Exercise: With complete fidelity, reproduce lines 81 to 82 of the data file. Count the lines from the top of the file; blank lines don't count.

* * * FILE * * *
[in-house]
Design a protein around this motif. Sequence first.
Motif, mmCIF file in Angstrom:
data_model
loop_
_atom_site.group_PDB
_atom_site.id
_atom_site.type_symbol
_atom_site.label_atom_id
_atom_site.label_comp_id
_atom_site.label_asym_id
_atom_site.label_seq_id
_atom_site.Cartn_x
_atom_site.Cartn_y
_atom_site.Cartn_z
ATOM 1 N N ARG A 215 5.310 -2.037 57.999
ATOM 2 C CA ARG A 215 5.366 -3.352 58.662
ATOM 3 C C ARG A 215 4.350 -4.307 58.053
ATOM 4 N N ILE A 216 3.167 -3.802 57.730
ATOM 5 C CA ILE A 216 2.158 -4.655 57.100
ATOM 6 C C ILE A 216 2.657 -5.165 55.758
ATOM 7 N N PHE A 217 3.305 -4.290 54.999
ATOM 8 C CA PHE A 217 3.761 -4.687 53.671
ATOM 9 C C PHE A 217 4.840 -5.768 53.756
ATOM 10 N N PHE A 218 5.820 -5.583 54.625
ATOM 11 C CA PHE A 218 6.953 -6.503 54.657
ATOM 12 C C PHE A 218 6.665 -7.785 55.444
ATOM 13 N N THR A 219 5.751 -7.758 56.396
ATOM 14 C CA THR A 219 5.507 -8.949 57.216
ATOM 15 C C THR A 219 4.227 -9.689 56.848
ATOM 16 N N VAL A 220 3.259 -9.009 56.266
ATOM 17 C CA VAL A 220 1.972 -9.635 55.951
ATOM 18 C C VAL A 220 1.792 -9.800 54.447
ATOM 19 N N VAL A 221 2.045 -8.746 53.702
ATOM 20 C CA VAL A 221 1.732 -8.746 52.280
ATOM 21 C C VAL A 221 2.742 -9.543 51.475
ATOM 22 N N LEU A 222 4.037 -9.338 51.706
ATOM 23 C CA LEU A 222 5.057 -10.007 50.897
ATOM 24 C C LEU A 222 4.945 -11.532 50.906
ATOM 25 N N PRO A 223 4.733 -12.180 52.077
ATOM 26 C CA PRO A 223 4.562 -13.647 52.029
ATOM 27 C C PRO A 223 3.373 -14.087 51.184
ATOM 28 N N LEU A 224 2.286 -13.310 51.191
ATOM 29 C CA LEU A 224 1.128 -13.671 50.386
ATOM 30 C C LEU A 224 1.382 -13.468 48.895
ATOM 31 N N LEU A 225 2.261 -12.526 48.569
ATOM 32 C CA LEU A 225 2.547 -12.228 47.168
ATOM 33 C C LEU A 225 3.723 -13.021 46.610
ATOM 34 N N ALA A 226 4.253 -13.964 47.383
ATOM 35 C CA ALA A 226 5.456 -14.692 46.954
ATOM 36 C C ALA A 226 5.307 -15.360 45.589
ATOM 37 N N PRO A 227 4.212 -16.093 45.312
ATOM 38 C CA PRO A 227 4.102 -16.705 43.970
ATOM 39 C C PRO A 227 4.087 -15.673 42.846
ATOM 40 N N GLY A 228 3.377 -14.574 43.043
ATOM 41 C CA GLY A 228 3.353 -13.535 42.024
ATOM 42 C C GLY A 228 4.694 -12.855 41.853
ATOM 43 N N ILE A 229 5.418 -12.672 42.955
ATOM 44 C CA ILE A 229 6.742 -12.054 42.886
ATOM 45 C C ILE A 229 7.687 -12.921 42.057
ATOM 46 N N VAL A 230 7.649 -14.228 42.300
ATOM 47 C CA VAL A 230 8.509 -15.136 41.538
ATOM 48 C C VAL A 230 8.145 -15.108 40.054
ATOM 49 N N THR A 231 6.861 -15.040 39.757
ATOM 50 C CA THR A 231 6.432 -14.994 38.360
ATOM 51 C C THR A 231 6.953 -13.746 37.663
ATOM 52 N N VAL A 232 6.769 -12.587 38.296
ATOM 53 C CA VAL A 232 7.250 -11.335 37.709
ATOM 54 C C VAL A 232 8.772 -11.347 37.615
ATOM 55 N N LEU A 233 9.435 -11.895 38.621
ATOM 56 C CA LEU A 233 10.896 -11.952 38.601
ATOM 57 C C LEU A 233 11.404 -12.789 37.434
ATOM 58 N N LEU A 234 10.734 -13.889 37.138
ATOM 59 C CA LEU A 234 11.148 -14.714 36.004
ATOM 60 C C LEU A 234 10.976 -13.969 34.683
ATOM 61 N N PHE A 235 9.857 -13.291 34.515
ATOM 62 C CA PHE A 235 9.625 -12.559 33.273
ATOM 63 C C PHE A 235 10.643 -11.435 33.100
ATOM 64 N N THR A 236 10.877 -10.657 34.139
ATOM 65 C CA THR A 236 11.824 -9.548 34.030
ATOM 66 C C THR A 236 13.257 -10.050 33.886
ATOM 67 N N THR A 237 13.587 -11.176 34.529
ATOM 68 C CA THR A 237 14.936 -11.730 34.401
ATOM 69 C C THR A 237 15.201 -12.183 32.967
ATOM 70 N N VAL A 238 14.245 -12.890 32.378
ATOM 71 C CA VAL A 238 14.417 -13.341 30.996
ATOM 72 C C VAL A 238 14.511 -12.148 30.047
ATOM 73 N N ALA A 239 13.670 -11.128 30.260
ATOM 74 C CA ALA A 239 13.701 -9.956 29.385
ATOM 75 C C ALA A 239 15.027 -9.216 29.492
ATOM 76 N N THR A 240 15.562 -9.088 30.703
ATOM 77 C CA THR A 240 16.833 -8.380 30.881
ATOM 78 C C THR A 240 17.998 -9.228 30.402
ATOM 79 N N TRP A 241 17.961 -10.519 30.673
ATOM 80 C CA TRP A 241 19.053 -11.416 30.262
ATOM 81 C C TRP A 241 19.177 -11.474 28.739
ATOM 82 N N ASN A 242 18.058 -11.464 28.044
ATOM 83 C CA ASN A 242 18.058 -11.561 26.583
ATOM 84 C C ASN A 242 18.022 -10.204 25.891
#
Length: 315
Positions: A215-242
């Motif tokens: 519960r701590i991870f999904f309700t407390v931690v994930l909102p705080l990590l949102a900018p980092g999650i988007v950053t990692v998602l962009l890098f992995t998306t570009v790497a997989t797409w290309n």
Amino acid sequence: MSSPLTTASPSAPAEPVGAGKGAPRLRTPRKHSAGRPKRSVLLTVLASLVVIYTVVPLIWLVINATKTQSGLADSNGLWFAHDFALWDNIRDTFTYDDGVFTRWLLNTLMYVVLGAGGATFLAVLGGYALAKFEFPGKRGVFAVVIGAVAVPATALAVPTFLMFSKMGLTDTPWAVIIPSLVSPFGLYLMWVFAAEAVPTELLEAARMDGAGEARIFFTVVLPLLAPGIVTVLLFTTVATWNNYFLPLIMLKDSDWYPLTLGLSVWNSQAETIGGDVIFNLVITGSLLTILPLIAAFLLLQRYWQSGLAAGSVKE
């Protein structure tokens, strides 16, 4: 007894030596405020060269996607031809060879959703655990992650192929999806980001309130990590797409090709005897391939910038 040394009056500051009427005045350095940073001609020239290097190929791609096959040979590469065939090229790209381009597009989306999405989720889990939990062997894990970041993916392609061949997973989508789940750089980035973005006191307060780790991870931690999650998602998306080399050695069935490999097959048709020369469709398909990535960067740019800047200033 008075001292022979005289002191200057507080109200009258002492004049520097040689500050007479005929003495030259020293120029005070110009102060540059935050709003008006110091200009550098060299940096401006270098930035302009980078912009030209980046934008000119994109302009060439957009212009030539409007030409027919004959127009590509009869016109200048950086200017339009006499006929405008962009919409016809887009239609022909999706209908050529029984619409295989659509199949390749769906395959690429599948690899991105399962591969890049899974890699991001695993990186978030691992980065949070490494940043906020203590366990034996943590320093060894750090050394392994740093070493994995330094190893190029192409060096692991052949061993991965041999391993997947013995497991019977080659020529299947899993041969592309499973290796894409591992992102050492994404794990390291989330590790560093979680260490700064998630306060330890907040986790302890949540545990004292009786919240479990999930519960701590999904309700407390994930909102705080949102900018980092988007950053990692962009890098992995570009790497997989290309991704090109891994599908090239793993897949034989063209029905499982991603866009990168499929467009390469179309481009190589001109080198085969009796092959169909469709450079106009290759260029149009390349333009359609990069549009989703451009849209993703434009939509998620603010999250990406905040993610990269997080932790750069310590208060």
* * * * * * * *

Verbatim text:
ATOM 66 C C THR A 236 13.257 -10.050 33.886
ATOM 67 N N THR A 237 13.587 -11.176 34.529